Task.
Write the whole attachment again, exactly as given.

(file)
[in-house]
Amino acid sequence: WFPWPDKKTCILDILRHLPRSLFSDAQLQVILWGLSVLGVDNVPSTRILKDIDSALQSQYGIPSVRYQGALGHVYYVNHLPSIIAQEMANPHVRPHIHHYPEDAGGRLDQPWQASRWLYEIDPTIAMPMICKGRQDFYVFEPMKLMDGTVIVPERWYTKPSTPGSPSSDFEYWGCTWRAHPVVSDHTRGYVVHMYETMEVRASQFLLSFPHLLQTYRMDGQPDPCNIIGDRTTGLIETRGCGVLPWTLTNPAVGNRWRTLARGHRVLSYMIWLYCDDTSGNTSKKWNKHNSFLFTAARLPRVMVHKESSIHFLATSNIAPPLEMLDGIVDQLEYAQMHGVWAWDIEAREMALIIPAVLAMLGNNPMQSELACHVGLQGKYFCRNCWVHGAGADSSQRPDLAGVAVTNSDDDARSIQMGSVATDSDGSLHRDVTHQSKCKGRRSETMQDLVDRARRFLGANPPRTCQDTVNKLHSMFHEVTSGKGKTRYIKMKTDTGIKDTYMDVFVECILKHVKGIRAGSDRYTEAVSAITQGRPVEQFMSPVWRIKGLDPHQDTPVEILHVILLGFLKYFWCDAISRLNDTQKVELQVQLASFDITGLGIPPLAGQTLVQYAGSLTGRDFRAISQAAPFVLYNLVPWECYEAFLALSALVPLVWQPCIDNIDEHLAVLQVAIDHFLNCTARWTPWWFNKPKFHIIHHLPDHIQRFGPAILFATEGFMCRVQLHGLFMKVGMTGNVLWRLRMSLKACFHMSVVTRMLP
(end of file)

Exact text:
[in-house]
Amino acid sequence: WFPWPDKKTCILDILRHLPRSLFSDAQLQVILWGLSVLGVDNVPSTRILKDIDSALQSQYGIPSVRYQGALGHVYYVNHLPSIIAQEMANPHVRPHIHHYPEDAGGRLDQPWQASRWLYEIDPTIAMPMICKGRQDFYVFEPMKLMDGTVIVPERWYTKPSTPGSPSSDFEYWGCTWRAHPVVSDHTRGYVVHMYETMEVRASQFLLSFPHLLQTYRMDGQPDPCNIIGDRTTGLIETRGCGVLPWTLTNPAVGNRWRTLARGHRVLSYMIWLYCDDTSGNTSKKWNKHNSFLFTAARLPRVMVHKESSIHFLATSNIAPPLEMLDGIVDQLEYAQMHGVWAWDIEAREMALIIPAVLAMLGNNPMQSELACHVGLQGKYFCRNCWVHGAGADSSQRPDLAGVAVTNSDDDARSIQMGSVATDSDGSLHRDVTHQSKCKGRRSETMQDLVDRARRFLGANPPRTCQDTVNKLHSMFHEVTSGKGKTRYIKMKTDTGIKDTYMDVFVECILKHVKGIRAGSDRYTEAVSAITQGRPVEQFMSPVWRIKGLDPHQDTPVEILHVILLGFLKYFWCDAISRLNDTQKVELQVQLASFDITGLGIPPLAGQTLVQYAGSLTGRDFRAISQAAPFVLYNLVPWECYEAFLALSALVPLVWQPCIDNIDEHLAVLQVAIDHFLNCTARWTPWWFNKPKFHIIHHLPDHIQRFGPAILFATEGFMCRVQLHGLFMKVGMTGNVLWRLRMSLKACFHMSVVTRMLP